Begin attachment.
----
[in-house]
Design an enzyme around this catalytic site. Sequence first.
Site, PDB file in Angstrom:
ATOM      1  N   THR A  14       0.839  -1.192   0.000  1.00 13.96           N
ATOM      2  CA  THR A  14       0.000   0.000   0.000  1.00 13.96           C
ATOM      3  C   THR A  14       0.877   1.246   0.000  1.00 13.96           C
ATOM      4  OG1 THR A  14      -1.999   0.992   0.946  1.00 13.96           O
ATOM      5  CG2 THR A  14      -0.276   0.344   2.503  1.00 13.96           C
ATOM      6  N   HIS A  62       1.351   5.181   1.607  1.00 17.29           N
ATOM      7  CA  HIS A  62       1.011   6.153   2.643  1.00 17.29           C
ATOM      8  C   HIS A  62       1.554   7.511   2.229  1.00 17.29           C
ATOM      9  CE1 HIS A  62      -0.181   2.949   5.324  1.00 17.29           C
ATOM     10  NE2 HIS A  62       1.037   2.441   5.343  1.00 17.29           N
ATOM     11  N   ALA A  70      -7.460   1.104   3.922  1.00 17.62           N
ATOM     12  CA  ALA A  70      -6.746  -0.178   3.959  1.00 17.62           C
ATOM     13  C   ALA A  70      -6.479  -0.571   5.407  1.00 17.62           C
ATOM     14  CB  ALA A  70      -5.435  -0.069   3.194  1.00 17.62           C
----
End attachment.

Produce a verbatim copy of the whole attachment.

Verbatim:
[in-house]
Design an enzyme around this catalytic site. Sequence first.
Site, PDB file in Angstrom:
ATOM      1  N   THR A  14       0.839  -1.192   0.000  1.00 13.96           N
ATOM      2  CA  THR A  14       0.000   0.000   0.000  1.00 13.96           C
ATOM      3  C   THR A  14       0.877   1.246   0.000  1.00 13.96           C
ATOM      4  OG1 THR A  14      -1.999   0.992   0.946  1.00 13.96           O
ATOM      5  CG2 THR A  14      -0.276   0.344   2.503  1.00 13.96           C
ATOM      6  N   HIS A  62       1.351   5.181   1.607  1.00 17.29           N
ATOM      7  CA  HIS A  62       1.011   6.153   2.643  1.00 17.29           C
ATOM      8  C   HIS A  62       1.554   7.511   2.229  1.00 17.29           C
ATOM      9  CE1 HIS A  62      -0.181   2.949   5.324  1.00 17.29           C
ATOM     10  NE2 HIS A  62       1.037   2.441   5.343  1.00 17.29           N
ATOM     11  N   ALA A  70      -7.460   1.104   3.922  1.00 17.62           N
ATOM     12  CA  ALA A  70      -6.746  -0.178   3.959  1.00 17.62           C
ATOM     13  C   ALA A  70      -6.479  -0.571   5.407  1.00 17.62           C
ATOM     14  CB  ALA A  70      -5.435  -0.069   3.194  1.00 17.62           C